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  1. Colin Amery (2003). Is the Fear of Death Irrational? Philosophy Pathways 57.
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  2. Peter Aronoff (1997). Lucretius and the Fears of Death. Dissertation, Cornell University
    The Epicureans argued that death was nothing to us and that we should not fear death, and this thesis takes up these arguments as they appear in our fullest extant source, the De Rerum Natura of Lucretius. After an initial look at the general Epicurean theory of emotions, the thesis narrows in on the fears of death. Lucretius starts from a popular dichotomy concerning death: death is either the utter destruction of the person who dies, or the person survives in (...)
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  3. Emily A. Austin (2012). Epicurus and the Politics of Fearing Death. Apeiron 45 (2):109-129.
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  4. John Baum (2003). When Death Enters Life. Floris.
  5. Ernest Becker (1973). The Denial of Death. New York,Free Press.
    Drawing from religion and the human sciences, particularly psychology after Freud, the author attempts to demonstrate that the fear of death is man's central ...
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  6. Kathy Behrendt (2011). Reasons to Live Versus Reasons Not to Die. Think 10 (28):67-76.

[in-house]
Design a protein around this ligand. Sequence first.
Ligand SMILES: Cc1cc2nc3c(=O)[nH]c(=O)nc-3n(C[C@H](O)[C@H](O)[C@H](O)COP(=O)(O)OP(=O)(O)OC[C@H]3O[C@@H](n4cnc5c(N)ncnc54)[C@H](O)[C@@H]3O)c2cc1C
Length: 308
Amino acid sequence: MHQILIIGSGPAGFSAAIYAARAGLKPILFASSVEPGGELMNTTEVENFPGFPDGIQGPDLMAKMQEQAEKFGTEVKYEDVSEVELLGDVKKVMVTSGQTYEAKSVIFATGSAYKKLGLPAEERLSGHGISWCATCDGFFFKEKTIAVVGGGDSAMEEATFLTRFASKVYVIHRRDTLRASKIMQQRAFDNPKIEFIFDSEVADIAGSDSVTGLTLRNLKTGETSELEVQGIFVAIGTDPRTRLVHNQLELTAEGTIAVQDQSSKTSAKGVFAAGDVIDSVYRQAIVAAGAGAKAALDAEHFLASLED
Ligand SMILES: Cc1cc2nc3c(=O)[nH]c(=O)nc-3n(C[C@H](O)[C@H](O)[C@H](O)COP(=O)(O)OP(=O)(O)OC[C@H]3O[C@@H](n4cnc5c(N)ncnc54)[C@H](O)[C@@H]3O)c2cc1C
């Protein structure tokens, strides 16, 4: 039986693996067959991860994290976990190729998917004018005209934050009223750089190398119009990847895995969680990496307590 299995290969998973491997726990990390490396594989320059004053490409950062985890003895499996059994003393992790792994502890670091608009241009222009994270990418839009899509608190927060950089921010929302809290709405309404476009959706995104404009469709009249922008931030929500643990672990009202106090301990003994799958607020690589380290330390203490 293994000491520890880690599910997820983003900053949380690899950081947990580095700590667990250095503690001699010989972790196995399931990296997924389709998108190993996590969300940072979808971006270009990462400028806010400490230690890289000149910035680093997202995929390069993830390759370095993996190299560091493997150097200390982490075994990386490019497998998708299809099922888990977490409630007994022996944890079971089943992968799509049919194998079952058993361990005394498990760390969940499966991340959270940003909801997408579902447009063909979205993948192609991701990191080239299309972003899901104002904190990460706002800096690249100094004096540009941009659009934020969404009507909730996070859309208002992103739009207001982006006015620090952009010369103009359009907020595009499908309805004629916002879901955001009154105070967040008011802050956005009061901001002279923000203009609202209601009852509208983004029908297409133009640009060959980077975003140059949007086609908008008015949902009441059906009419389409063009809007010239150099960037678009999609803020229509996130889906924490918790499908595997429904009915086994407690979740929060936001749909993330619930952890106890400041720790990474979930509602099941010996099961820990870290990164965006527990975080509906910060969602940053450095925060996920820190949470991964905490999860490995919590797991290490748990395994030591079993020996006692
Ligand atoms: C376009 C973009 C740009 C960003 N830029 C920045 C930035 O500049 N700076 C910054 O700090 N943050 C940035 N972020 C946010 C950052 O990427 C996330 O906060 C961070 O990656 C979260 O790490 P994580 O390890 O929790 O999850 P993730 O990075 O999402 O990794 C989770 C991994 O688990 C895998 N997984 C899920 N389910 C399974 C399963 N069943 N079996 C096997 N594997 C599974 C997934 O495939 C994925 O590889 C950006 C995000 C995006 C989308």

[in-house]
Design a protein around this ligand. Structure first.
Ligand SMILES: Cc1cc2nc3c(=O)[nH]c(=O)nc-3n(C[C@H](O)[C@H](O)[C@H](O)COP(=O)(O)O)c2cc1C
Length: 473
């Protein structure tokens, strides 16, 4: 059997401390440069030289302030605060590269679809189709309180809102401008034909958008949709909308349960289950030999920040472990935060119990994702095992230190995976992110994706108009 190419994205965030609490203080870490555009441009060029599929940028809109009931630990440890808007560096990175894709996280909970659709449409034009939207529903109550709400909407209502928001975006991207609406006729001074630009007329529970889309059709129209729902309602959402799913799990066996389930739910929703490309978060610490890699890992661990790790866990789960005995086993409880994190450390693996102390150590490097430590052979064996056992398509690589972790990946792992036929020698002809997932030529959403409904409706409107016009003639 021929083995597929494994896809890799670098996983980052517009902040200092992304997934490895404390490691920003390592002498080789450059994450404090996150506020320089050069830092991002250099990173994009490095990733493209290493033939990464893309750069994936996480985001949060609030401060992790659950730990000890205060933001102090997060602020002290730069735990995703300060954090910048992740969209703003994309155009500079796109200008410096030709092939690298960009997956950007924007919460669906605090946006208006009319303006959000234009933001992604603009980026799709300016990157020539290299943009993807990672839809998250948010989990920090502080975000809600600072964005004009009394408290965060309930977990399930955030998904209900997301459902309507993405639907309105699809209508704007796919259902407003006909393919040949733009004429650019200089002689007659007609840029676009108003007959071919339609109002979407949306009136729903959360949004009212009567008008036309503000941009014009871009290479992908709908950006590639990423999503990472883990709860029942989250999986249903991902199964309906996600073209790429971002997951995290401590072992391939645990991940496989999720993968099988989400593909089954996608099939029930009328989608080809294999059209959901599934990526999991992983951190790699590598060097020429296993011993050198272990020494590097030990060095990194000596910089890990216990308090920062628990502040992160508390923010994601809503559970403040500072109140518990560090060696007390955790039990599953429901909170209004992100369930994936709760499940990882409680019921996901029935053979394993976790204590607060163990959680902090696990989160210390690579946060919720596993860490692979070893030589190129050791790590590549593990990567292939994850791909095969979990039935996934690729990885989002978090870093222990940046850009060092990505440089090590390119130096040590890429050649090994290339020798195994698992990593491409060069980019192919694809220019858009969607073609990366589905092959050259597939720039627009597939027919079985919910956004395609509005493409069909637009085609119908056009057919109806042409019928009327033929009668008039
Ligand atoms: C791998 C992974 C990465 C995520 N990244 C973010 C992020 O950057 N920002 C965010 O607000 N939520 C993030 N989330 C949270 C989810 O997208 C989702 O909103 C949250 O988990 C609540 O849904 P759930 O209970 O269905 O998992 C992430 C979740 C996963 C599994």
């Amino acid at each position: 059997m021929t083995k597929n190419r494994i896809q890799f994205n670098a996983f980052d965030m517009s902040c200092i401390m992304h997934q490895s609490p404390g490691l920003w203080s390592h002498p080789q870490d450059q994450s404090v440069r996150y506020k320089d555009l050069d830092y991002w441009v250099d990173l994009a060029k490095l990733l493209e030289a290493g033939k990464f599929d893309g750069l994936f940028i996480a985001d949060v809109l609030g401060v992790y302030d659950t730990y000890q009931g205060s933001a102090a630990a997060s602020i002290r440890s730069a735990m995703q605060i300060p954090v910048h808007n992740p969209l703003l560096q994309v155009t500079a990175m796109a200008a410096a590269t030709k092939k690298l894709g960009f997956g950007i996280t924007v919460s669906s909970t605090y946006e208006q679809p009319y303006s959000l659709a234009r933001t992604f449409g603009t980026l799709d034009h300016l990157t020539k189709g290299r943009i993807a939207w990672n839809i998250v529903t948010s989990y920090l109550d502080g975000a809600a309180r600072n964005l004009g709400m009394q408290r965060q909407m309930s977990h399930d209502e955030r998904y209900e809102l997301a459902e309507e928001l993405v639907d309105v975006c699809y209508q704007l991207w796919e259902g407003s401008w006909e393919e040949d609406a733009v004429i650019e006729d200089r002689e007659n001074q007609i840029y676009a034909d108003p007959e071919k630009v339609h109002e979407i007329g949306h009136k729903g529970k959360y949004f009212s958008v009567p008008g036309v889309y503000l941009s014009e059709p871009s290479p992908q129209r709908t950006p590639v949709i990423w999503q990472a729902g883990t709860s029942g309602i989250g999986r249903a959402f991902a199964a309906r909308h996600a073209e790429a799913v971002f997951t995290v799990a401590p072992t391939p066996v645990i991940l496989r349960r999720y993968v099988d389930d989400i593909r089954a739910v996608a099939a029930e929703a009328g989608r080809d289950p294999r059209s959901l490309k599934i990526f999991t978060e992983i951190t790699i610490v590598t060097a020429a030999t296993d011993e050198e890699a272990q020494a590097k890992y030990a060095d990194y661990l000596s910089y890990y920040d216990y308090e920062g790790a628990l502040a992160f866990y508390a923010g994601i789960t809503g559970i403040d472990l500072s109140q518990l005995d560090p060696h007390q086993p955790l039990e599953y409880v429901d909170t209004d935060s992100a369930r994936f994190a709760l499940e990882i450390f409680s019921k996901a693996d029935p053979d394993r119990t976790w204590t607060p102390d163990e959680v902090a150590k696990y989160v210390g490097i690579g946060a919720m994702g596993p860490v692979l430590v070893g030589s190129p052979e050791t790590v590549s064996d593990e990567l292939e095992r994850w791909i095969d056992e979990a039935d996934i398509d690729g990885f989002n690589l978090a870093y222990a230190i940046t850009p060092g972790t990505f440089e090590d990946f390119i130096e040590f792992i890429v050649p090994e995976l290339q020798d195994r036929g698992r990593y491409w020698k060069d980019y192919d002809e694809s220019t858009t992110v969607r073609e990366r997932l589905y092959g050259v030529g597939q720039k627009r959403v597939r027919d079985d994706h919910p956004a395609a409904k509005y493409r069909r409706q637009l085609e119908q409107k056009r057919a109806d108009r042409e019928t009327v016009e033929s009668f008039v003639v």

‘Any reason for living is an excellent reason for not dying’ (Steven Luper-Foy, 'Annihilation'). Some claims seem so clearly right that we don’t think to question them. Steven Luper-Foy’s remark is like that. It borders on the ‘trivially true’ (i.e. so obviously true as to be uninteresting). If I have a reason to live, surely I likewise have a reason not to die. It may then be surprising to learn that so many philosophers disagree with this claim—either directly or by (...)
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  7. Kathy Behrendt (2010). A Special Way of Being Afraid. Philosophical Psychology 23 (5):669-682.
    I am interested in fear of non-existence, which is often discussed in terms of fear one’s own death, or as it is sometimes called, fear of death as such. This form of fear has been denied by some philosophers. Cognitive theories of the emotions have particular trouble in dealing with it, granting it a status that is simultaneously paradigmatic yet anomalous with respect to fear in general. My paper documents these matters, and considers a number of responses. I provide examples (...)
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  8. Kathy Behrendt (2007). Reasons to Be Fearful: Strawson, Death and Narrative. Royal Institute of Philosophy Supplement 82 (60):133-.
    I compare and assess two significant and opposing approaches to the self with respect to what they have to say about death: the anti-narrativist, as articulated by Galen Strawson, and the narrativist, as pieced together from a variety of accounts. Neither party fares particularly well on the matter of death. Both are unable to point towards a view of death that is clearly consistent with their views on the self. In the narrativist’s case this inconsistency is perhaps not as explicit (...)